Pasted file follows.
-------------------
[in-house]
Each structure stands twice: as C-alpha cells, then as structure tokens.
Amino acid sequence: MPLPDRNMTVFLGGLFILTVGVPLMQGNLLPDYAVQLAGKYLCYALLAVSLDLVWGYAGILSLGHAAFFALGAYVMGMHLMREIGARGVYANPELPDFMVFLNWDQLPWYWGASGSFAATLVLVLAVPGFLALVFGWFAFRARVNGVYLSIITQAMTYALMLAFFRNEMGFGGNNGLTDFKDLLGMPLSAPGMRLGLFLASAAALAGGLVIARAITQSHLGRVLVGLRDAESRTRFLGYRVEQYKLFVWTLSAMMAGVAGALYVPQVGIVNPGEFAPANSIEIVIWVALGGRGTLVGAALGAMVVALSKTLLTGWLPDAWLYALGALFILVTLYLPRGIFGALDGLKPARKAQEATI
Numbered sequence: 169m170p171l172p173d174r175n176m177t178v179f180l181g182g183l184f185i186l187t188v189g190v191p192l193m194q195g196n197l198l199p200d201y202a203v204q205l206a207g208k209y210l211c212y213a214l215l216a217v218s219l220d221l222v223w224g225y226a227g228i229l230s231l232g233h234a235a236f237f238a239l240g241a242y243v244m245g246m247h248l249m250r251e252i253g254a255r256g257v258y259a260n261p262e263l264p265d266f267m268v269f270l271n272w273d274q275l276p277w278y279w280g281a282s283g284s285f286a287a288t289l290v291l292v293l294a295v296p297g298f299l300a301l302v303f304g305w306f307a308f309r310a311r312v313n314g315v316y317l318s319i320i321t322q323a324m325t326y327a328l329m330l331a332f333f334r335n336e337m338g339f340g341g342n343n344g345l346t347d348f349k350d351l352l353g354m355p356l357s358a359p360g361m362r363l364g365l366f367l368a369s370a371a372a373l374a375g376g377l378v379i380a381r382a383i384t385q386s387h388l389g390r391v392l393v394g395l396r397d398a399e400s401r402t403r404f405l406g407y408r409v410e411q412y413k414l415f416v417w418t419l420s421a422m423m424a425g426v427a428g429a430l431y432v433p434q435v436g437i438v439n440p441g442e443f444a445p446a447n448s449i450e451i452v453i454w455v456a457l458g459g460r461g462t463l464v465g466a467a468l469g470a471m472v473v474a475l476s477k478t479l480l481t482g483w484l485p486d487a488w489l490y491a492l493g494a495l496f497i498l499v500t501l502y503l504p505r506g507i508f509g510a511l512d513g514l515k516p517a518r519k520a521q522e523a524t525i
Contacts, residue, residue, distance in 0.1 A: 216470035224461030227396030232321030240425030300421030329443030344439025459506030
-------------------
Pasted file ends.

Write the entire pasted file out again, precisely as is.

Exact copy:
[in-house]
Each structure stands twice: as C-alpha cells, then as structure tokens.
Amino acid sequence: MPLPDRNMTVFLGGLFILTVGVPLMQGNLLPDYAVQLAGKYLCYALLAVSLDLVWGYAGILSLGHAAFFALGAYVMGMHLMREIGARGVYANPELPDFMVFLNWDQLPWYWGASGSFAATLVLVLAVPGFLALVFGWFAFRARVNGVYLSIITQAMTYALMLAFFRNEMGFGGNNGLTDFKDLLGMPLSAPGMRLGLFLASAAALAGGLVIARAITQSHLGRVLVGLRDAESRTRFLGYRVEQYKLFVWTLSAMMAGVAGALYVPQVGIVNPGEFAPANSIEIVIWVALGGRGTLVGAALGAMVVALSKTLLTGWLPDAWLYALGALFILVTLYLPRGIFGALDGLKPARKAQEATI
Numbered sequence: 169m170p171l172p173d174r175n176m177t178v179f180l181g182g183l184f185i186l187t188v189g190v191p192l193m194q195g196n197l198l199p200d201y202a203v204q205l206a207g208k209y210l211c212y213a214l215l216a217v218s219l220d221l222v223w224g225y226a227g228i229l230s231l232g233h234a235a236f237f238a239l240g241a242y243v244m245g246m247h248l249m250r251e252i253g254a255r256g257v258y259a260n261p262e263l264p265d266f267m268v269f270l271n272w273d274q275l276p277w278y279w280g281a282s283g284s285f286a287a288t289l290v291l292v293l294a295v296p297g298f299l300a301l302v303f304g305w306f307a308f309r310a311r312v313n314g315v316y317l318s319i320i321t322q323a324m325t326y327a328l329m330l331a332f333f334r335n336e337m338g339f340g341g342n343n344g345l346t347d348f349k350d351l352l353g354m355p356l357s358a359p360g361m362r363l364g365l366f367l368a369s370a371a372a373l374a375g376g377l378v379i380a381r382a383i384t385q386s387h388l389g390r391v392l393v394g395l396r397d398a399e400s401r402t403r404f405l406g407y408r409v410e411q412y413k414l415f416v417w418t419l420s421a422m423m424a425g426v427a428g429a430l431y432v433p434q435v436g437i438v439n440p441g442e443f444a445p446a447n448s449i450e451i452v453i454w455v456a457l458g459g460r461g462t463l464v465g466a467a468l469g470a471m472v473v474a475l476s477k478t479l480l481t482g483w484l485p486d487a488w489l490y491a492l493g494a495l496f497i498l499v500t501l502y503l504p505r506g507i508f509g510a511l512d513g514l515k516p517a518r519k520a521q522e523a524t525i
Contacts, residue, residue, distance in 0.1 A: 216470035224461030227396030232321030240425030300421030329443030344439025459506030